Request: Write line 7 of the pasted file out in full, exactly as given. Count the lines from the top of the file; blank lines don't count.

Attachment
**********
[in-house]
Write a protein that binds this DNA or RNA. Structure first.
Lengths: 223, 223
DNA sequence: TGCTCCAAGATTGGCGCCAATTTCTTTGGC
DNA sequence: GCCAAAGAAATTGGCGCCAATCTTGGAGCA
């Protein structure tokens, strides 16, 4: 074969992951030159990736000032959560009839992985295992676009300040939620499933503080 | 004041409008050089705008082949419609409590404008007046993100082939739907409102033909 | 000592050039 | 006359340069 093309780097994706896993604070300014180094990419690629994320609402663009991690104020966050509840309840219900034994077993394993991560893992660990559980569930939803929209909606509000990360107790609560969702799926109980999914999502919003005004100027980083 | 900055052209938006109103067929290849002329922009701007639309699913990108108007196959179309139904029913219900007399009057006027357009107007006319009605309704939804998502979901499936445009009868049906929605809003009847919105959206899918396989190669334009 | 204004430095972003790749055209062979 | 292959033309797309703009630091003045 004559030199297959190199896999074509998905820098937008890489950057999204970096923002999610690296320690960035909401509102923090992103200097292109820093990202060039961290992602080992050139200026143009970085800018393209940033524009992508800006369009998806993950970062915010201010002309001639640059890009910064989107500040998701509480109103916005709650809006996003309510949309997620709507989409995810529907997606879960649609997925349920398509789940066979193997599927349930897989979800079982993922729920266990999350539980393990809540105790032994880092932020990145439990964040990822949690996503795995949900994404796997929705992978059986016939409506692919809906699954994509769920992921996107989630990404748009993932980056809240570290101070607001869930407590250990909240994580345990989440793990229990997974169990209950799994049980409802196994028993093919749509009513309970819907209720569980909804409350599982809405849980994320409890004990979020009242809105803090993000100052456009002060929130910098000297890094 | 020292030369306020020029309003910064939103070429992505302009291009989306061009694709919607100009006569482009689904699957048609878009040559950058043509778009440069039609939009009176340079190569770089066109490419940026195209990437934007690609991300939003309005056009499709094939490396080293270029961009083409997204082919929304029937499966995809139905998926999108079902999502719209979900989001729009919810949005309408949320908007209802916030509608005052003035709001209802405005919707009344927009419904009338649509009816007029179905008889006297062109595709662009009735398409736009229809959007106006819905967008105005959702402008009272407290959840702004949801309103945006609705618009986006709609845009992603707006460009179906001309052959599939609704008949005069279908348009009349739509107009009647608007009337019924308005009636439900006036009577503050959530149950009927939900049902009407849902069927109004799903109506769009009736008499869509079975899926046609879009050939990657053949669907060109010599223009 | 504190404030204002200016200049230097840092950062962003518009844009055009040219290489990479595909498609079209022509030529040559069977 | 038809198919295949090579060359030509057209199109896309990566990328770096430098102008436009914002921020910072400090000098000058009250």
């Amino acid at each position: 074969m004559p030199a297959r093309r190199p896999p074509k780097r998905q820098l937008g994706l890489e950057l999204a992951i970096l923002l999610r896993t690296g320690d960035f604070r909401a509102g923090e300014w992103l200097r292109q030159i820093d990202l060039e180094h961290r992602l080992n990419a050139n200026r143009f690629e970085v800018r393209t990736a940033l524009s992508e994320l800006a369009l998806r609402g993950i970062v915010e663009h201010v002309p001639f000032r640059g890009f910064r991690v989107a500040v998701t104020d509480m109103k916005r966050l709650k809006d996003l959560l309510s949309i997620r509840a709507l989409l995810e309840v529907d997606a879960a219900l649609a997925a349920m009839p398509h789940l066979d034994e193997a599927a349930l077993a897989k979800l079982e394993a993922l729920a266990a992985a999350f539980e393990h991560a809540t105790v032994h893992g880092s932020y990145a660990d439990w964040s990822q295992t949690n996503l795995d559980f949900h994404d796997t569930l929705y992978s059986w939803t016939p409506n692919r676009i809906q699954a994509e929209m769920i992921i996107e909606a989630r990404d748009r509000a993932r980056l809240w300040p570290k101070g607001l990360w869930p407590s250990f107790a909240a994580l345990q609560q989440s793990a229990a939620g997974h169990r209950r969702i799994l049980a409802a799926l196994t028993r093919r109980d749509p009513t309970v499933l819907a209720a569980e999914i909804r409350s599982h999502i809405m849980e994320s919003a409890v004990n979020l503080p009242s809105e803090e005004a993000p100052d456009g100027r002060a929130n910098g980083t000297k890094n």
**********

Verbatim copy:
């Amino acid at each position: 074969m004559p030199a297959r093309r190199p896999p074509k780097r998905q820098l937008g994706l890489e950057l999204a992951i970096l923002l999610r896993t690296g320690d960035f604070r909401a509102g923090e300014w992103l200097r292109q030159i820093d990202l060039e180094h961290r992602l080992n990419a050139n200026r143009f690629e970085v800018r393209t990736a940033l524009s992508e994320l800006a369009l998806r609402g993950i970062v915010e663009h201010v002309p001639f000032r640059g890009f910064r991690v989107a500040v998701t104020d509480m109103k916005r966050l709650k809006d996003l959560l309510s949309i997620r509840a709507l989409l995810e309840v529907d997606a879960a219900l649609a997925a349920m009839p398509h789940l066979d034994e193997a599927a349930l077993a897989k979800l079982e394993a993922l729920a266990a992985a999350f539980e393990h991560a809540t105790v032994h893992g880092s932020y990145a660990d439990w964040s990822q295992t949690n996503l795995d559980f949900h994404d796997t569930l929705y992978s059986w939803t016939p409506n692919r676009i809906q699954a994509e929209m769920i992921i996107e909606a989630r990404d748009r509000a993932r980056l809240w300040p570290k101070g607001l990360w869930p407590s250990f107790a909240a994580l345990q609560q989440s793990a229990a939620g997974h169990r209950r969702i799994l049980a409802a799926l196994t028993r093919r109980d749509p009513t309970v499933l819907a209720a569980e999914i909804r409350s599982h999502i809405m849980e994320s919003a409890v004990n979020l503080p009242s809105e803090e005004a993000p100052d456009g100027r002060a929130n910098g980083t000297k890094n």